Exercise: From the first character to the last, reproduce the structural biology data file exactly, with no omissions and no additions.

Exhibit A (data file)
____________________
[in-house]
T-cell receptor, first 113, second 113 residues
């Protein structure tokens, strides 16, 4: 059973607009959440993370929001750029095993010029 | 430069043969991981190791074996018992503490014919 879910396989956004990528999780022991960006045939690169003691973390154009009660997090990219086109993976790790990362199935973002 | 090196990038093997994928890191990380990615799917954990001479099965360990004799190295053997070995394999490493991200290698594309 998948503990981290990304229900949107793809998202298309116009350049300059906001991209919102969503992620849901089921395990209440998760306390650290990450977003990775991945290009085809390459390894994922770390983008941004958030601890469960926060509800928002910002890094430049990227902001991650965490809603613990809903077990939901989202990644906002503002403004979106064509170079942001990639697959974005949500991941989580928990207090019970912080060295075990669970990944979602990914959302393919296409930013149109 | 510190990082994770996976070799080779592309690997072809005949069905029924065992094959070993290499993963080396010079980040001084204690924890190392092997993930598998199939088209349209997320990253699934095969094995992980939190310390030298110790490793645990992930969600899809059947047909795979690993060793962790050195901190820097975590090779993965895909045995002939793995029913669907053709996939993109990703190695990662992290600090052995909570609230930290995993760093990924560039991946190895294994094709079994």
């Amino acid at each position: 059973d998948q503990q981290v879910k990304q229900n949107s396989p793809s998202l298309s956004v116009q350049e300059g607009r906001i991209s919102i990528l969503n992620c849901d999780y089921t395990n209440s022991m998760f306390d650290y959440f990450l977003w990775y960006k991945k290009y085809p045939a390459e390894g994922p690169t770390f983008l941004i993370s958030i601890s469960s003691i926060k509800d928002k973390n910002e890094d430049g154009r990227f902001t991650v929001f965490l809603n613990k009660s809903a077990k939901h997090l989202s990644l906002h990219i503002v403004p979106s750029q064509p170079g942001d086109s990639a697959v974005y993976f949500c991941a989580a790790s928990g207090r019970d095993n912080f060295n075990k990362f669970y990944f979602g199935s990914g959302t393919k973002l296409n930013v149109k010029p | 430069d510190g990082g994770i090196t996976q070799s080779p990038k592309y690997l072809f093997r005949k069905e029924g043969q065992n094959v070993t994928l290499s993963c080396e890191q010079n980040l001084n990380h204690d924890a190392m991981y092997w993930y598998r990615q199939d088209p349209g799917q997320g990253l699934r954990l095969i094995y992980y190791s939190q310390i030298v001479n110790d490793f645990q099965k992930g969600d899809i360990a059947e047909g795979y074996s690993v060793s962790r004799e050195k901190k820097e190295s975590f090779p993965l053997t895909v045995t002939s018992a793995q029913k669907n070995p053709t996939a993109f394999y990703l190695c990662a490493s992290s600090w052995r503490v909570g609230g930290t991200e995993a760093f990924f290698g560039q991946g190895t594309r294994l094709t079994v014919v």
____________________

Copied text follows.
[in-house]
T-cell receptor, first 113, second 113 residues
């Protein structure tokens, strides 16, 4: 059973607009959440993370929001750029095993010029 | 430069043969991981190791074996018992503490014919 879910396989956004990528999780022991960006045939690169003691973390154009009660997090990219086109993976790790990362199935973002 | 090196990038093997994928890191990380990615799917954990001479099965360990004799190295053997070995394999490493991200290698594309 998948503990981290990304229900949107793809998202298309116009350049300059906001991209919102969503992620849901089921395990209440998760306390650290990450977003990775991945290009085809390459390894994922770390983008941004958030601890469960926060509800928002910002890094430049990227902001991650965490809603613990809903077990939901989202990644906002503002403004979106064509170079942001990639697959974005949500991941989580928990207090019970912080060295075990669970990944979602990914959302393919296409930013149109 | 510190990082994770996976070799080779592309690997072809005949069905029924065992094959070993290499993963080396010079980040001084204690924890190392092997993930598998199939088209349209997320990253699934095969094995992980939190310390030298110790490793645990992930969600899809059947047909795979690993060793962790050195901190820097975590090779993965895909045995002939793995029913669907053709996939993109990703190695990662992290600090052995909570609230930290995993760093990924560039991946190895294994094709079994």
């Amino acid at each position: 059973d998948q503990q981290v879910k990304q229900n949107s396989p793809s998202l298309s956004v116009q350049e300059g607009r906001i991209s919102i990528l969503n992620c849901d999780y089921t395990n209440s022991m998760f306390d650290y959440f990450l977003w990775y960006k991945k290009y085809p045939a390459e390894g994922p690169t770390f983008l941004i993370s958030i601890s469960s003691i926060k509800d928002k973390n910002e890094d430049g154009r990227f902001t991650v929001f965490l809603n613990k009660s809903a077990k939901h997090l989202s990644l906002h990219i503002v403004p979106s750029q064509p170079g942001d086109s990639a697959v974005y993976f949500c991941a989580a790790s928990g207090r019970d095993n912080f060295n075990k990362f669970y990944f979602g199935s990914g959302t393919k973002l296409n930013v149109k010029p | 430069d510190g990082g994770i090196t996976q070799s080779p990038k592309y690997l072809f093997r005949k069905e029924g043969q065992n094959v070993t994928l290499s993963c080396e890191q010079n980040l001084n990380h204690d924890a190392m991981y092997w993930y598998r990615q199939d088209p349209g799917q997320g990253l699934r954990l095969i094995y992980y190791s939190q310390i030298v001479n110790d490793f645990q099965k992930g969600d899809i360990a059947e047909g795979y074996s690993v060793s962790r004799e050195k901190k820097e190295s975590f090779p993965l053997t895909v045995t002939s018992a793995q029913k669907n070995p053709t996939a993109f394999y990703l190695c990662a490493s992290s600090w052995r503490v909570g609230g930290t991200e995993a760093f990924f290698g560039q991946g190895t594309r294994l094709t079994v014919v």